How to Build a Better B2B Ecommerce Customer Experience
1. Create Intuitive Website
Build an intuitive ecommerce customer experience on all of your shopping channels. This starts with your website. Since a lot of money is at stake, businesses conduct plenty of research before making a purchase. Make it easy for them to find out what you’re all about with informative landing pages.
Make it obvious how to create an account and where to seek pricing information. If you also sell DTC, use an ecommerce platform that lets you build a customized portal for B2B shoppers. That way, you can provide a dedicated shopping channel to meet business needs.
If you operate in more than one region, you want to localize your website. Use an ecommerce tool that automates translations and accessibility for each market. You can take this up a notch by registering a separate domain for B2B customers.
For example, you can use .com for your brand and get a .ai registration for your B2B portal if you deal with tech businesses.
2. Personalize the Ecommerce Experience
Personalization is a vital way to make ecommerce customers feel more valuable. A B2B portal or customer account platform is the first step towards attaining personalization. This gives your customers a place to track order history, billing, and other important information. However, personalization goes a lot further than that.
Just look at an ecommerce behemoth like Amazon. Site visitors are inundated with product recommendations, notifications, and reminders. Use an ecommerce tool that analyzes customer order history and makes relevant recommendations.
A big difference between B2B and B2C is pricing. In the B2B marketplaces, pricing is negotiable. Ensure your customers have access to their bespoke pricing and product catalogs.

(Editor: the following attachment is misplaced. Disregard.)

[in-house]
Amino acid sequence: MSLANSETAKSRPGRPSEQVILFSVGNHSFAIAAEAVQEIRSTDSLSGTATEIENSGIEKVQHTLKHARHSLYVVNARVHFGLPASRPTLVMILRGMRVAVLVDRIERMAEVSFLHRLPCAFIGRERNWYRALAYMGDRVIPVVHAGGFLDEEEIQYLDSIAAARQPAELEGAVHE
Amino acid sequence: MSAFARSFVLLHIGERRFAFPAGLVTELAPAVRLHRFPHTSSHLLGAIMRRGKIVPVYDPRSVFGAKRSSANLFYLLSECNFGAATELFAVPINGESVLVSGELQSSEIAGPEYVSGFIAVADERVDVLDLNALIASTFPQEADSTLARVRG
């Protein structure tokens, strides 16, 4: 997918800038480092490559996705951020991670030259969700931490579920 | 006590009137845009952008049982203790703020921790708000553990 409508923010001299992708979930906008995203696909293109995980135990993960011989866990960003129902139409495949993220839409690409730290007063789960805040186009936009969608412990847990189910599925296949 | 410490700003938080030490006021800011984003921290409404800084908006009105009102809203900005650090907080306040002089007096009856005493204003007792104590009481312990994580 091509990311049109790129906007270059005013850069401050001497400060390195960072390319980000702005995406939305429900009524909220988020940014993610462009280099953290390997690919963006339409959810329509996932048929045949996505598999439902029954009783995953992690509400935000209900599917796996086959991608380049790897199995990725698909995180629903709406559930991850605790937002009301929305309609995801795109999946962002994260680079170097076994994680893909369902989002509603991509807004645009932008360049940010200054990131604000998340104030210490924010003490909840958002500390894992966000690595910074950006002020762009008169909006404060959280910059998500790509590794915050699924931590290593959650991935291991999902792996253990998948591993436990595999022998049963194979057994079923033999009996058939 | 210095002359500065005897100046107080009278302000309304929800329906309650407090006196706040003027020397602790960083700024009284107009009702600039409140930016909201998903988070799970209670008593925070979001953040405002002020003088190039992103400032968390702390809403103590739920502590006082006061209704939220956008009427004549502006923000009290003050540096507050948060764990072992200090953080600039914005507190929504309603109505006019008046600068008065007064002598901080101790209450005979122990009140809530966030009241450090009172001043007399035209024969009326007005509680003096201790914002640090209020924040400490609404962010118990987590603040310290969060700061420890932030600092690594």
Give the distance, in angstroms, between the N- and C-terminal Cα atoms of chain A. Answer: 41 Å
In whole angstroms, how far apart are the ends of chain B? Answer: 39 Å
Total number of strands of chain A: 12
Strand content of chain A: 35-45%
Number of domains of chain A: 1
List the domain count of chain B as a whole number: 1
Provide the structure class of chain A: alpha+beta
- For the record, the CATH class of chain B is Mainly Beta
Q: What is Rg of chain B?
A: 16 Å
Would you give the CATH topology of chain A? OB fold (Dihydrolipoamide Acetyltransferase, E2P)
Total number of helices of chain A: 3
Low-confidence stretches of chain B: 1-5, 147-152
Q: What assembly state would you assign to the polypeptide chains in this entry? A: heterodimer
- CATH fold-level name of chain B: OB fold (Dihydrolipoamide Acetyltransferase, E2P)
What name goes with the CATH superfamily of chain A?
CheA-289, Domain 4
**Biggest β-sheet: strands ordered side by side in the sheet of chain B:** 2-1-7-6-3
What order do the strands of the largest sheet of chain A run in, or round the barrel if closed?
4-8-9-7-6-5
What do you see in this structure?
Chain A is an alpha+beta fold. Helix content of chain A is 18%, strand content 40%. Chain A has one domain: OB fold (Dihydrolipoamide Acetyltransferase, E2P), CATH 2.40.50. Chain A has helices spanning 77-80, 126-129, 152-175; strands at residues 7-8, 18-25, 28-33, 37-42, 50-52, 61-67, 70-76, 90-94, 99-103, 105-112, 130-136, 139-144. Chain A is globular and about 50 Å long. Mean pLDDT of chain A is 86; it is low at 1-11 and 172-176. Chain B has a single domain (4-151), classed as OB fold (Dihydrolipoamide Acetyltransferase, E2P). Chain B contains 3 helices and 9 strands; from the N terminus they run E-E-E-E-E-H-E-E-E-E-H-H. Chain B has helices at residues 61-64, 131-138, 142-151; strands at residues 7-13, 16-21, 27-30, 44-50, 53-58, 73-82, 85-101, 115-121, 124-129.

Moreover, to enhance personalization, consider implementing a targeted marketing strategy that caters to your B2B customers’ specific needs and preferences. This can be particularly effective in aligning your marketing efforts with the customized experience you provide.
3. Go Mobile
Global smartphone sales push upwards of 1.5 billion units annually. The penetration rate of smartphones in the US is 81.6%. Additionally, businesses are increasingly operating with remote and flexible work teams. Mobile ecommerce is becoming the norm.
Not every manager, buyer, or decision maker is working from their computer at their desk. The people placing orders and paying transactions are on the move. Meet them where they are by optimizing your ecommerce website for mobile.
When designing the shopping experience, think vertically and think about screen size. Of course, you want minimal code with fast page loading. There’s no point in showing a huge product list if the thumbnails are too small to see or click! Use a tool like PageSpeed Insights to find out what needs to be improved.
Optimization is only one side of the mobile B2B coin. You can level up the experience for mobile users by developing an ecommerce mobile app. Smartphone apps offer a streamlined experience for creating orders, reordering, and multi-carrier shipment tracking.
4. Build an Omnichannel Ecommerce Customer Experience
The number of channels B2B customers use is on the rise. A 2021 report found that B2B shoppers went from using 5 channels to 10 shopping channels. A website and mobile app are obvious, but you can offer plenty of other channels such as web chat, video conferencing, and phone calls.